Friday, September 16, 2011

Friday Five--Seeking what?

So Jan posted on RevGalBlogPals
I was struck in our weekly Lectio Divina group by a few verses from Psalm 105:3-4:

. . . let the hearts of those who seek the Lord rejoice.
Seek the Lord and his strength;
seek his presence continually.

Seeking is rejoicing. Rejoicing comes from the seeking, NOT the end of glory, heaven, enlightenment, or whatever. Seeking is the journey--RIGHT NOW!

So for this Friday Five, list what you are seeking, whether it is trivial, profound, or ordinary--whatever you would like to share! List 5 and add a bonus if you feel like it!
I have two thoughts to share of what I am seeking. Or perhaps only one because they are related, or now that I think about it three.

One of the things I struggle with, particularly post cancer, is how to live my life. I mean LIVE my life, not going through the motions, not dulling my senses with surfing the internet. How can I live intentionally each moment. It's a difficult task. It is much easier to waste my time on the internet or with computer games. It's easier not to feel the emotions that sometimes come up--fear, regret, sorrow, sadness, loneliness. When I stuff those feelings, I don't leave room for joy, companionship, happiness, exhileration.

Yesterday a friend asked me "Where do you find meaning?" And the answer is beauty. And I (mis?)quoted I think Keats (?) "Truth is beauty, beauty, truth. That is all you know on earth and all you need to know." As I have thought about what draws me to photography it is beauty--beauty in flowers (my current photography passion), landscape, cities, people, places, nature. I've posted a link on my FB in the last couple of weeks to Dewitt Jones, a photographer who has also done some amazing motivational videos. (A couple were used for a new pastor retreat in Lake Michigan presbytery.) He also writes a bimonthly column for Outdoor Photography. He has started a discipline of finding something beautiful to photograph everyday.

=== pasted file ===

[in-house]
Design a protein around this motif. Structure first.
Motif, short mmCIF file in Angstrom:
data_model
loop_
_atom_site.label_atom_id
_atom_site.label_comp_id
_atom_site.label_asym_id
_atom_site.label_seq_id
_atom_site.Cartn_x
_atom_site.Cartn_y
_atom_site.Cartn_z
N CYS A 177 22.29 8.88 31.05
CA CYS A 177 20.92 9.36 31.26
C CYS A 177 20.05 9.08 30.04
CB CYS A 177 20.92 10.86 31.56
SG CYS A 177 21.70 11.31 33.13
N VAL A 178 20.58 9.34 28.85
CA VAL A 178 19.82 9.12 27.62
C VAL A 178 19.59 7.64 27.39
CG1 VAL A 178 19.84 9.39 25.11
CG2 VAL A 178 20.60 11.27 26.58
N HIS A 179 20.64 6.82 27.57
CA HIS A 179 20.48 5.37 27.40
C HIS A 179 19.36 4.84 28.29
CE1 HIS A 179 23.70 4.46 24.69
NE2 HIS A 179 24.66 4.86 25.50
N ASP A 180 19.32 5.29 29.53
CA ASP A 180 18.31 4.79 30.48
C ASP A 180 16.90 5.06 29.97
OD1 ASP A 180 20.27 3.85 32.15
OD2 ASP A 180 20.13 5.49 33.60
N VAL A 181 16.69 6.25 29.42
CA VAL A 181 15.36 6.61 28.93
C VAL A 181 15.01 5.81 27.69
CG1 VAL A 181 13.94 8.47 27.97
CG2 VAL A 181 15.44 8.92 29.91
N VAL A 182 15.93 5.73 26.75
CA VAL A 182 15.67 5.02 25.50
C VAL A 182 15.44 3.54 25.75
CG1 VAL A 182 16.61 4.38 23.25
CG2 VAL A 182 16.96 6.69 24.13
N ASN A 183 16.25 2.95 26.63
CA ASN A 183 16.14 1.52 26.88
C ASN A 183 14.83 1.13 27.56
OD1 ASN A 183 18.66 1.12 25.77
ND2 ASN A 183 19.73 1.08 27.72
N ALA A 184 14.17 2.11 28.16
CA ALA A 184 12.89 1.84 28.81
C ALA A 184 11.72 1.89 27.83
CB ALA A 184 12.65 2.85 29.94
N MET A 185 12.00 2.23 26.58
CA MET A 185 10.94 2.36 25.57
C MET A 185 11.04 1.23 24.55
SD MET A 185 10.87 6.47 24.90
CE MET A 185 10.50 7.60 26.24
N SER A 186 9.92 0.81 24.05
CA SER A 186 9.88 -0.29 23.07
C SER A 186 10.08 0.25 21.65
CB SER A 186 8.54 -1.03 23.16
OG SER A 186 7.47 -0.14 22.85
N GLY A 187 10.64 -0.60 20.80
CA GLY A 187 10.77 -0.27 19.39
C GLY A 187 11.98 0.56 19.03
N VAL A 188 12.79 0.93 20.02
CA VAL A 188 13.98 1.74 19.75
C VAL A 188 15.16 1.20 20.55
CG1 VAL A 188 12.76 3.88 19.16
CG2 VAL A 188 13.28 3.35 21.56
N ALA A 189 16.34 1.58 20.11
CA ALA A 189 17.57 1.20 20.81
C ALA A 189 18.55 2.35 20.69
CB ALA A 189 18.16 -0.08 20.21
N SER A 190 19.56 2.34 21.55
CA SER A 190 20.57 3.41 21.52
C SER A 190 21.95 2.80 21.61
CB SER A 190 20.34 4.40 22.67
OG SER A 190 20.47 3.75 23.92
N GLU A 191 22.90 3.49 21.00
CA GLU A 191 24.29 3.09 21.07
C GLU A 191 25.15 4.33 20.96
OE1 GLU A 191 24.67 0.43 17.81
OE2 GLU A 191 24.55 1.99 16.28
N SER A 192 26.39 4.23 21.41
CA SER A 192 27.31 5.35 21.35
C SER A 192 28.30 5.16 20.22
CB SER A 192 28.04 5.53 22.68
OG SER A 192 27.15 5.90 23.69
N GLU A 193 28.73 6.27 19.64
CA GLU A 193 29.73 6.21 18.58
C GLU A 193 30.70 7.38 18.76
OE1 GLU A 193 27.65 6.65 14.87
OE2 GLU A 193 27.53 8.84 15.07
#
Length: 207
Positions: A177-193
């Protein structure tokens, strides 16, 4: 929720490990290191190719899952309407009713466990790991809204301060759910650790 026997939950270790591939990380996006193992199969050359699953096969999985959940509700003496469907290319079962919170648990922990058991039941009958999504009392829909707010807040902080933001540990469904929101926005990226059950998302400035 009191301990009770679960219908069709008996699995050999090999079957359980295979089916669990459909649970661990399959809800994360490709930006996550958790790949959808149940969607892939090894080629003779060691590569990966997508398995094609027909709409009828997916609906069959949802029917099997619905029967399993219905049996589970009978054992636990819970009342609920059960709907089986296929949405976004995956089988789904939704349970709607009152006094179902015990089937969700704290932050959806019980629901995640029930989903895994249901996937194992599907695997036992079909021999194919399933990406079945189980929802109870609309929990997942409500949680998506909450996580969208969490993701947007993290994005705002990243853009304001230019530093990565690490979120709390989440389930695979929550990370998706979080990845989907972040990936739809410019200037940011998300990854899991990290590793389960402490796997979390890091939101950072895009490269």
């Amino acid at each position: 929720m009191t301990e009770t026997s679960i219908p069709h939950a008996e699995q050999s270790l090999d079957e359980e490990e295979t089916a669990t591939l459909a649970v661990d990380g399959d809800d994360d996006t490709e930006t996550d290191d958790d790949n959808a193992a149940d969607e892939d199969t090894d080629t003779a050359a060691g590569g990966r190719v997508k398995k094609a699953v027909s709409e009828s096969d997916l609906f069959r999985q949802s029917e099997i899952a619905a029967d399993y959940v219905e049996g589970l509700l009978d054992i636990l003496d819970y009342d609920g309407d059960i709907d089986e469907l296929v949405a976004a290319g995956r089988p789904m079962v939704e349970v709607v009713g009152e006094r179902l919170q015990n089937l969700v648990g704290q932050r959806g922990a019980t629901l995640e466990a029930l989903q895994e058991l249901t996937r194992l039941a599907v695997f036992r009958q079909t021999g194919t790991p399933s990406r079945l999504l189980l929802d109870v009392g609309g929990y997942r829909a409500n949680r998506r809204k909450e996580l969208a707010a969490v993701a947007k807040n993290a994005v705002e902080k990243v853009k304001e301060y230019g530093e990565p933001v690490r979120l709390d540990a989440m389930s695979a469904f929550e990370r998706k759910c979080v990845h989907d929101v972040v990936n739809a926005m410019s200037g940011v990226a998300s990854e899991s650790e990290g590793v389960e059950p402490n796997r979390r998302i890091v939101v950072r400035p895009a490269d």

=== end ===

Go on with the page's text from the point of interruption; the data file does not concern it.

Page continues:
Beauty is what I seek. And I want to share that. And so my latest idea, project, is printing my flower photographs on fabric and then making art throw pillows. A friend made some fantastic suggestions which bring together my love of textiles and color with the photographs. And so I am thinking seriously about melding these together into a "business" to sell my art pillows.

I've also been playing with an idea for a stole for a friend--it's a much guttsier stole than I have made before but I am in love with the idea of piecing together beautiful silks and satins into a stole that (abstractly) tells a story that we both connect to.

Where I am today.

Saturday, September 10, 2011

Authenticity and Integrity

I was intrigued by an article in the NYTimes on authenticity. It's a big word today. Everyone wants to be authentic. What I hear when I hear authenticity is being true to one's self. Being who one is, not wearing a mask.

When I was growing up the word was integrity. Integrity is a lot like authenticity. Integrity is about being true, being true to one's word, following through with what one has promised, being able to be trusted.

Authenticity and integrity are related--both are related to truth. But, they are polar opposites. Authencity is inwardly focused--being true to who one is, what one wants. Integrity is outwardly focused--being true to others.

I'm sure I don't want to be authentic. I want to be different depending on the circumstances. I am not the same person with my son as with my bridge group. And believe me, my son would not want to be around me if I were the same person with him as with the bridge group. I am not the same person in a cathedral as I am watching a bad movie. I was not the same person as a pastor as with my clergy friends. Each of these masks are me, but they are different.

What I can hope to be in all situations is a person of integrity. I can keep my word, I can be honest. I can not take advantage of people. I can be true.

To some extent, I am feeling a bit cranky and old. I feel like one of those really old cranky people who is constantly saying how things were better then. One of the things that concerns me, though, is our current self focus. What do I want is the important question, not where is the common good. And I am as prone to this as anyone. What has shifted is that selfishness, selfcenteredness is now the accepted norm. I think people have always been selfish and self centered. Moral norms though encouraged people to consider others and the common good. Selfishness was discouraged. Now, it seems everyone has taken Gordon Gekko's "greed is good" seriously. And greed is not good. It is certainly not good for society, free marketeers to the contrary notwithstanding. (And Adam Smith recognized that even in a free market, there must be concern for the common good.) Greed is not good for the individual either. Greed can never be satisfied. There is never enough. There is one more shiny toy. Greed is a deep well that can never be filled. Greed encourages long hours and using people. Greed is not good.

Well, I've wandered around a bit. My thoughts for a Saturday morning.